Residents of previous Olympic host cities: was there as much bitching?

So London 2012 is almost upon us, and pretty much since the announcement seven years ago that the Games were coming to England, the British public and (especially) media have been bitching more or less nonstop. Among the litany of complaints: it’ll cost too much, we’ll cock it up, they should have used existing stadiums, they should have built more new stadiums, the events should have been spread around the country more, it’ll cost even more, the building work will never be finished on time, ok it might be finished on time but it’ll look a mess, the transport systems will never cope, it’ll piss down with rain the whole time, we really will cock it up you know, the terrorists will blow it up, the security is a farce, the opening ceremony will be rubbish, everything’s going to go wrong, and look at how great Beijing was, the British can’t do events like that, and did we mention it’s going to cost a bloody fortune?

Is this a uniquely British attitude, or did previous host cities suffer the same combination of apathy and defeatism prior to the games? I imagine in Beijing the media were fairly tightly controlled so such pessimism wouldn’t have been tolerated, but what about, say, Athens, Sydney, Atlanta, Barcelona? Did the public get behind the Games?

In Barcelona, most people’s plan was “leave the town ASAP, preferably before the madness begins”, but there was no doubt they were going to be The Bestest Games Ever, with The Bestest Opening Ceremony Since Time Began And Until A Year After It Ends.

Lots of grumbling about bringing in foreign tradesmen to work in a country which had a lot of unemployed tradesmen of our own (this also applies to Expo 92), lots of arguments about whether you did or did not like this or that building/tunnel/bridge, lots of “it’s Catalonia’s games” vs “the fuck they are, we’re all paying for you fucks to redecorate!”, but c’mon: La fura dels baus, Freddie and la Caballé? The only way to do it any better is if the archer had been William Tell himself :smiley:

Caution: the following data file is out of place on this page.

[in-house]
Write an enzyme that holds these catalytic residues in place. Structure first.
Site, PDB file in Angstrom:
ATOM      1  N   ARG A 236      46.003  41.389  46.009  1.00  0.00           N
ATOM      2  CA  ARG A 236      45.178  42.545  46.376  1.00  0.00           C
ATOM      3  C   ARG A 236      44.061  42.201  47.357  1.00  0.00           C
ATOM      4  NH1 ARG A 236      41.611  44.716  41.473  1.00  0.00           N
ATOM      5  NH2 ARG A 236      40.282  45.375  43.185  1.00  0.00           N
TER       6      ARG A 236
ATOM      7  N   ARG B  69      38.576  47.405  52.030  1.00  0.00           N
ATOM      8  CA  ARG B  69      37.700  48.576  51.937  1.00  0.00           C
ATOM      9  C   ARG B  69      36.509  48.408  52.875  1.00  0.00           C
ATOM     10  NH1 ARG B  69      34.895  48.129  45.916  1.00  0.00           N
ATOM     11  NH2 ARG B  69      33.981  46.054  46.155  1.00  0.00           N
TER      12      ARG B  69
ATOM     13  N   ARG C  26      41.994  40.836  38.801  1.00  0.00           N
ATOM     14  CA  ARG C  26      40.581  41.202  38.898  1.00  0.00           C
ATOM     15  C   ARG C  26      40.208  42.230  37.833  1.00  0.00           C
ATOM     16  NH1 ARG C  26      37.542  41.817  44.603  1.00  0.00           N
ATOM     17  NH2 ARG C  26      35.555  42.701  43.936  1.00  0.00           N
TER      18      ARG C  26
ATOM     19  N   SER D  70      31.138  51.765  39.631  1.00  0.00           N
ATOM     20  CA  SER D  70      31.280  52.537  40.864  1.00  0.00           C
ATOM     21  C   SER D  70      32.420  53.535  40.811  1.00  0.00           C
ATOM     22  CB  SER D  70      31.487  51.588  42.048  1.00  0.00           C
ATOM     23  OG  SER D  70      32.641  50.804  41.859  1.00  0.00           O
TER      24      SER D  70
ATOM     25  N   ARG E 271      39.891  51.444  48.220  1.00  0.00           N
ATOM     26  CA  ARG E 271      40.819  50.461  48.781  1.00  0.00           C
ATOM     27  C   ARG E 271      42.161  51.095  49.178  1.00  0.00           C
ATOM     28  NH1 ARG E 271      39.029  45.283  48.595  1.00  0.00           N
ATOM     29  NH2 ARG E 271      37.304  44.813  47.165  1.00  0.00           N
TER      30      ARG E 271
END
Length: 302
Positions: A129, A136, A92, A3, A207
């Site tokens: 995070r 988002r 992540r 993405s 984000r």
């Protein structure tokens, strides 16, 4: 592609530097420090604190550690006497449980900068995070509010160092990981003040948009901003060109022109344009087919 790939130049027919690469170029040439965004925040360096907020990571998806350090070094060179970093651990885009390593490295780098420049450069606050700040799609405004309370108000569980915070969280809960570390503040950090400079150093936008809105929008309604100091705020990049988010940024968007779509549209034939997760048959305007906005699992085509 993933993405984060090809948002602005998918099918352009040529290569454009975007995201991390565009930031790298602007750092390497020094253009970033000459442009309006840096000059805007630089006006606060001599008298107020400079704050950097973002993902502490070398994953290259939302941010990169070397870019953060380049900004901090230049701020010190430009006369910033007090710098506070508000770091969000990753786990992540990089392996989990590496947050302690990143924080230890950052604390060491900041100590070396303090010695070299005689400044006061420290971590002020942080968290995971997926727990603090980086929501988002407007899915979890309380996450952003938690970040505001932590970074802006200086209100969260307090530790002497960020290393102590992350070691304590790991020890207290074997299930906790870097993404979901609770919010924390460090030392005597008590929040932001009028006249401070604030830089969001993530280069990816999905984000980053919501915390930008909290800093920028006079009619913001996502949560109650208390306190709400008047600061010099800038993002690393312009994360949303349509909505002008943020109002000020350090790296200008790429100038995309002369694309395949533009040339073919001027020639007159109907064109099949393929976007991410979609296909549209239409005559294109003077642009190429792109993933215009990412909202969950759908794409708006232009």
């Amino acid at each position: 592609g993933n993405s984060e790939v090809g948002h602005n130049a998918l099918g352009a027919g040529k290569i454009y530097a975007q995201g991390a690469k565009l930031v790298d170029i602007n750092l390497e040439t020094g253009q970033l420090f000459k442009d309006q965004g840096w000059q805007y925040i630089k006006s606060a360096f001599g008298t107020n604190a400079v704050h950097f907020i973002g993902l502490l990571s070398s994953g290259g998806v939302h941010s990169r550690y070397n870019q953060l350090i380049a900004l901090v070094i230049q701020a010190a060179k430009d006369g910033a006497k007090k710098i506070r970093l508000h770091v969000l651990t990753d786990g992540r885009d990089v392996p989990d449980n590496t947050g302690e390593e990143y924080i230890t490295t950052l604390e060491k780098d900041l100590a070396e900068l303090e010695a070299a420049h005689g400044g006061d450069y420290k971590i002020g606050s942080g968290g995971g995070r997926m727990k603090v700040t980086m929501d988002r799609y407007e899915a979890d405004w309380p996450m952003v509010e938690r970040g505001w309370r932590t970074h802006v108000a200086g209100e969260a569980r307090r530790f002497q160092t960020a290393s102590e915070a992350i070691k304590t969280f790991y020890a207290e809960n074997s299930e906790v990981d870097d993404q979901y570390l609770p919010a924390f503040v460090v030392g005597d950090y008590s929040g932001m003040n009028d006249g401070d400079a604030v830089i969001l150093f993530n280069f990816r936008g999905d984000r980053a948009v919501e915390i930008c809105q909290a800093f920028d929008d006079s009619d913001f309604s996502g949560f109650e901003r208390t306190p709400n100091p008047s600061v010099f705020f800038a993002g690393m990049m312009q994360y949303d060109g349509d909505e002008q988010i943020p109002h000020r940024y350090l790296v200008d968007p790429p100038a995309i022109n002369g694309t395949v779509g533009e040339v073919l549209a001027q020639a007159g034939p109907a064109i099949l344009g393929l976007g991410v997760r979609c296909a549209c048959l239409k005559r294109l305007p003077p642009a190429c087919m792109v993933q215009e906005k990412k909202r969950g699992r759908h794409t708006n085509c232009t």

One of my favorite TV shows of all time is The Games, a mockumentary set at the organizing committee for the Sydney Olympics. I don’t know if it represents the consensus opinion among Australians, but there was at least some ability to laugh at the pitfalls of hosting the games.

The BBC have used much the same idea for their show Twenty Twelve. Although they reject suggestions of plagiarism.

The 1976 Olympics in Montreal were pretty much a disaster for the city and widely recognized as such. Whether this was true beforehand is less clear. The mayor loudly proclaimed that the Olympics could no more run a deficit than a man could have a baby. You can imagine what the political cartoonists did with that one when the city ended up with a $1.5 billion deficit (and I think the provincial and federal governments contributed something too). It took 30 years to pay off those bonds at the which, the city now has 30 years of deferred maintenance to make up. It seems like almost every day, an underground water pipe bursts and the street above it collapses. One day, a broken sewage pipe that had been gradually moving the stones and dirt below Sherbrooke St. in front of McGill finally gave way and a hole opened up big enough to swallow a bus. It was only dumb luck that there was no bus (or anything else) on it at the time. A few minutes earlier it would have swallowed an entire parade of student demonstrators. They had to close a main thoroughfare for two weeks, which was excellent speed. But all this is reactive, not proactive.

One of the city’s writers described it as follows: “We paid for an enormous party and none of us were invited.” Any place that bids for the Olympics, their authorities should be investigated for mental illness. Or for financial interest.

Yes; I mean I enjoy the Olympics and given that they are going to take place in London anyway, I’m looking forward to them. But I never thought we should have bid for them and don’t think the cost is remotely justified. Maybe for cities looking to put themselves on the map it makes some kind of sense, but London? Already fairly well established, I would have said.
As for the other concerns in the OP, I am a tiny bit worried about the possibility of terrorism. And the ludicrous brand-enforcement Gestapo is a bit much. I think this forum is beyond the legal reach of the Olympic Delivery Authority, so can I just say that this post was brought to you by Burger King, the Olympic burger.

You’re not kidding. How to piss-off the 2012 Olympics “Brand Police”.

For the most part Colophon, I think the general public is sucked in to thinking that being the host city for the Olympics is a good thing. Like (YAY!) you’re the winner of a “25-words-or-less” competition…that it’ll cost you a hundred-and-eighty grand to enjoy your $2 prize is in the fine print of the finely printed fine print.

As far as the Syd-en-ey Limpics is concerned, nobody I knew was in favour of it - except for clients who stood to make lots of dough.

Just a snapshot for you.